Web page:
Data Understanding


Contact name: Ken Moreland

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VTK-m is a toolkit of scientific visualization algorithms for emerging processor architectures. One of the biggest recent changes in high-performance computing is the increasing use of accelerators. Accelerators contain small processing cores that are replicated and grouped for a very high computation rate at a much lower power. Current and future CPU processors also require much more explicit parallelism. VTK-m supports the fine-grained concurrency for data analysis and visualization algorithms required to drive extreme scale computing by providing abstract models for data and execution that can be applied to a variety of algorithms across many different processor architectures. In addition to serving as a repository for efficient implementations of visualization algorithms, VTK-m’s framework simplifies visualization development for multicore processors and automatically ports these algorithms across different processor types.



Contact name: Tom Peterka

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DIY is an open-source package of scalable building blocks for data movement tailored to the needs of large-scale parallel analysis workloads. Scalable, parallel analysis of data-intensive computational science relies on decomposition among a large number of data-parallel subproblems, the efficient data exchange among them, and data transport between them and the memory/storage hierarchy. The abstraction enabling these capabilities is block parallelism; blocks and their message queues are mapped onto processing elements (MPI processes or threads) and are migrated between memory and storage by the DIY runtime. DIY supports distributed- and shared-memory parallel algorithms that can run both in- and out-of-core with the same code, with one or more threads per MPI process, and with one or more data blocks resident in memory. Computational scientists, data analysis researchers, and visualization tool builders can all benefit from these tools.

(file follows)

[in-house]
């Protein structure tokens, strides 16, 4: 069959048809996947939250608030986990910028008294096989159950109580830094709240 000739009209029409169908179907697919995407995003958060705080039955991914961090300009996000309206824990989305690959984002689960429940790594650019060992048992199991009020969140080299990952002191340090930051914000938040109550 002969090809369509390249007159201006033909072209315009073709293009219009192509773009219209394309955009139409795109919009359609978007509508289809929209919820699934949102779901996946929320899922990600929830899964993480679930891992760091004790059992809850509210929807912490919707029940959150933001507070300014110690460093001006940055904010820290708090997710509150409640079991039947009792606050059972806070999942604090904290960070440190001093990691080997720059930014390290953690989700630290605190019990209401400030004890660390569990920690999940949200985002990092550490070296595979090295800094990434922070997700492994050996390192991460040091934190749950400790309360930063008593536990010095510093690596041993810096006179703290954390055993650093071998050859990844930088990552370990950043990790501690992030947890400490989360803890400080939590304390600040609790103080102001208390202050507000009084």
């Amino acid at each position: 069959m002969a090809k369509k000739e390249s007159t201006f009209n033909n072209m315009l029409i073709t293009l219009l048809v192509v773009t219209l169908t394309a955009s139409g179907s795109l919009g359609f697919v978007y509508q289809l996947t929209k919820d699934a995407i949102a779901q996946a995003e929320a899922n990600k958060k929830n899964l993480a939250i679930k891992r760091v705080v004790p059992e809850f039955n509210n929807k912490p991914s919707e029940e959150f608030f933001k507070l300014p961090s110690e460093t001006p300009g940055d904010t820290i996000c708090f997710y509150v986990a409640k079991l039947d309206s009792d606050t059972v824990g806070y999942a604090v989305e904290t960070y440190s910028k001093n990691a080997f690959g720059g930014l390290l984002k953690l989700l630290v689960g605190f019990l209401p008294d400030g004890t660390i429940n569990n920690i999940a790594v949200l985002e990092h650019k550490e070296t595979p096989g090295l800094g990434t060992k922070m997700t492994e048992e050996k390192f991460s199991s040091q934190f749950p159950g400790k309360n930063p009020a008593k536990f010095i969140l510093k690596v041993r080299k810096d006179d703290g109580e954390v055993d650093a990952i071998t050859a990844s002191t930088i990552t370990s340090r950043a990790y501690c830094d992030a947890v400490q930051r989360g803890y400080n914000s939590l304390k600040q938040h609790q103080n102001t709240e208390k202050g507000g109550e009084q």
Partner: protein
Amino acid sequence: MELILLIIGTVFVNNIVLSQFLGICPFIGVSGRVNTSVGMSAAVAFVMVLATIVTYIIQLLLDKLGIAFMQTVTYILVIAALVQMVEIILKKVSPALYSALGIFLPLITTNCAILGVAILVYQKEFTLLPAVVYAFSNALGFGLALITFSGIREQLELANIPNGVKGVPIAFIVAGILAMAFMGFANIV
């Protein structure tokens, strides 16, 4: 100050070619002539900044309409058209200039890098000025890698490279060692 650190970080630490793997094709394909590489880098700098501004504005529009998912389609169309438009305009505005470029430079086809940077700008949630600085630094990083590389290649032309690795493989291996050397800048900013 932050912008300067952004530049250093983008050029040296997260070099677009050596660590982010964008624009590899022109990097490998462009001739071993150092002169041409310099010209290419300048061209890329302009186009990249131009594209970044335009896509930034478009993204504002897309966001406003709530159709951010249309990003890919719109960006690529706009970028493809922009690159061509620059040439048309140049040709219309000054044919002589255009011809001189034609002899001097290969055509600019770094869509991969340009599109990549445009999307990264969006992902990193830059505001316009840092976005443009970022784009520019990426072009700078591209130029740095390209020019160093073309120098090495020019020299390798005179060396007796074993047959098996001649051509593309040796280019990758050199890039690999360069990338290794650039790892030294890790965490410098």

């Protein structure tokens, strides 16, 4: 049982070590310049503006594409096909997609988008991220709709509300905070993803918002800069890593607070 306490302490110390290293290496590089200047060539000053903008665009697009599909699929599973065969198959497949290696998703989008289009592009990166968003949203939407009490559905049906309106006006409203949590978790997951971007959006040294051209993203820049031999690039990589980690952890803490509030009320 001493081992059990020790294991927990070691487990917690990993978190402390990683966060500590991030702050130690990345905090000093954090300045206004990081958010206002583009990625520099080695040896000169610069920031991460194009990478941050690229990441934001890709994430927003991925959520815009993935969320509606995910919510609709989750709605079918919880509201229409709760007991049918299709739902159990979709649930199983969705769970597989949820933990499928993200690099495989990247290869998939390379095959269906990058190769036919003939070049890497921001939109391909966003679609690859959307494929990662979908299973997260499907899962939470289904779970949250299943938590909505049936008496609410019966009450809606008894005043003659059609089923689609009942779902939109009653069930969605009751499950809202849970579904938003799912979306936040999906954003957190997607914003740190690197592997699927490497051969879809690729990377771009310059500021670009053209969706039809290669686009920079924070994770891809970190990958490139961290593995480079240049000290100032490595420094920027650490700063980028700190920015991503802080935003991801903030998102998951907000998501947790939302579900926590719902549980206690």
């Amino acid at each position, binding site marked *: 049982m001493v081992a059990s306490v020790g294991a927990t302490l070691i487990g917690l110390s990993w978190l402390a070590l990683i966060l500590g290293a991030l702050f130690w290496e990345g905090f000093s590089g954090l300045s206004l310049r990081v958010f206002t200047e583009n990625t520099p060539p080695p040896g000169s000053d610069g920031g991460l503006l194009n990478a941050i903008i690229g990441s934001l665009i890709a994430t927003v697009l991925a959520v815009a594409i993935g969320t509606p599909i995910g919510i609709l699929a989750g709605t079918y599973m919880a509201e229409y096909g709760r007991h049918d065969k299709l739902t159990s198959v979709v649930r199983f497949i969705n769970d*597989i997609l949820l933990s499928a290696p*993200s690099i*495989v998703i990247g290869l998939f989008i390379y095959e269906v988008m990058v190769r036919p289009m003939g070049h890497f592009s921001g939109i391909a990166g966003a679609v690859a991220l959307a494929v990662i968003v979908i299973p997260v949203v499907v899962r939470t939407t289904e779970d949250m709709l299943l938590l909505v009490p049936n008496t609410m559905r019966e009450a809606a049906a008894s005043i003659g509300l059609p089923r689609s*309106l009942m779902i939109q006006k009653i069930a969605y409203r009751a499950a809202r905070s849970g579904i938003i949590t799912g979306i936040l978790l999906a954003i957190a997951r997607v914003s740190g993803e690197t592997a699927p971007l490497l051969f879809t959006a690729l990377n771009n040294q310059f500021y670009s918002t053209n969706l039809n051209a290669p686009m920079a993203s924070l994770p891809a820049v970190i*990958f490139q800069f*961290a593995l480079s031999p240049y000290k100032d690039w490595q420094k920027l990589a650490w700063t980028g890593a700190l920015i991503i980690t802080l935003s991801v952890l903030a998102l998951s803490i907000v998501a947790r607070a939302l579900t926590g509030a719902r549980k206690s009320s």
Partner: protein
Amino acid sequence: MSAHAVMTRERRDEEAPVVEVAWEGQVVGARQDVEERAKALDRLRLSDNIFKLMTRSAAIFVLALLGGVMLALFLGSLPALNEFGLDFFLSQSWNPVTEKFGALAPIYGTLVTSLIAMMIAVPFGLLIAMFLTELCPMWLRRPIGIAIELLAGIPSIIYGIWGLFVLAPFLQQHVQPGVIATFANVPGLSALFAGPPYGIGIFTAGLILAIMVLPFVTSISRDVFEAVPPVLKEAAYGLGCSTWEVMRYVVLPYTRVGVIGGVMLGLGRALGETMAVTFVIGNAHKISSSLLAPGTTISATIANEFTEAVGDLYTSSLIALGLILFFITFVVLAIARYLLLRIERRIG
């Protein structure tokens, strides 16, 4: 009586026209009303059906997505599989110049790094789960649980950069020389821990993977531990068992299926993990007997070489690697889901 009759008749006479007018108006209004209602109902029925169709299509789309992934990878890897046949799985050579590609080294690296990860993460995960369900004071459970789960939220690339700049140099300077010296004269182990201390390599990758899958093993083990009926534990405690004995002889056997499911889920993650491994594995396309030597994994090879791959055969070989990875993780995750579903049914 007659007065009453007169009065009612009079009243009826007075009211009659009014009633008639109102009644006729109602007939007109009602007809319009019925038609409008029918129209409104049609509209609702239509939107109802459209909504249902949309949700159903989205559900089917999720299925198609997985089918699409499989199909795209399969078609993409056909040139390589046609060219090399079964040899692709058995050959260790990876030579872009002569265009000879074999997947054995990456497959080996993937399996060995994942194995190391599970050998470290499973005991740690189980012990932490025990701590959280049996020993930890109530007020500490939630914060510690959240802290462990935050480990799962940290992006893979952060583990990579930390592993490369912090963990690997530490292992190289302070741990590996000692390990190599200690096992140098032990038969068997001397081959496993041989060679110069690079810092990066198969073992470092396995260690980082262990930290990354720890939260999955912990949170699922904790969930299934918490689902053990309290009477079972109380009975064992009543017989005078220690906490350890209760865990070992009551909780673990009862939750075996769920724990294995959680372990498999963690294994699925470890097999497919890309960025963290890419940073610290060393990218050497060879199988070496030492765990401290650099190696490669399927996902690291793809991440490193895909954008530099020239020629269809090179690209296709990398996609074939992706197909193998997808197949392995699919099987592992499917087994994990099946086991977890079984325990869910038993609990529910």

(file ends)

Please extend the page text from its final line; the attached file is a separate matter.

Contact name: Wes Bethel

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SENSEI is an open source, generic in situ interface that makes it possible for parallel simulations, or other data producers, to code-couple to parallel third party endpoints, which may be applications or tools/methods, including user-written code in C++ or Python, as well as a growing class of data-intensive capabilities accessible through Python, capabilities such as AI/ML. Once a data producer is instrumented with the SENSEI interface, changing to a different endpoint is as simple as changing an XML configuration file with a text editor. SENSEI fully supports configurations where the simulation and endpoint are run at differing levels of concurrency, and will manage the potentially tricky process of partitioning and moving data from the M producer ranks to the N consumer ranks. The movement of data may be bidirectional, which means that a simulation not only sends data to an endpoint, but may also have access to results computed from the endpoint. While originally designed and implemented for analysis, visualization, and other data-intensive in situ tasks, SENSEI's design and implementation supports coupling of arbitrary code. SENSEI is part of the DOE HPC Data-Vis SDK.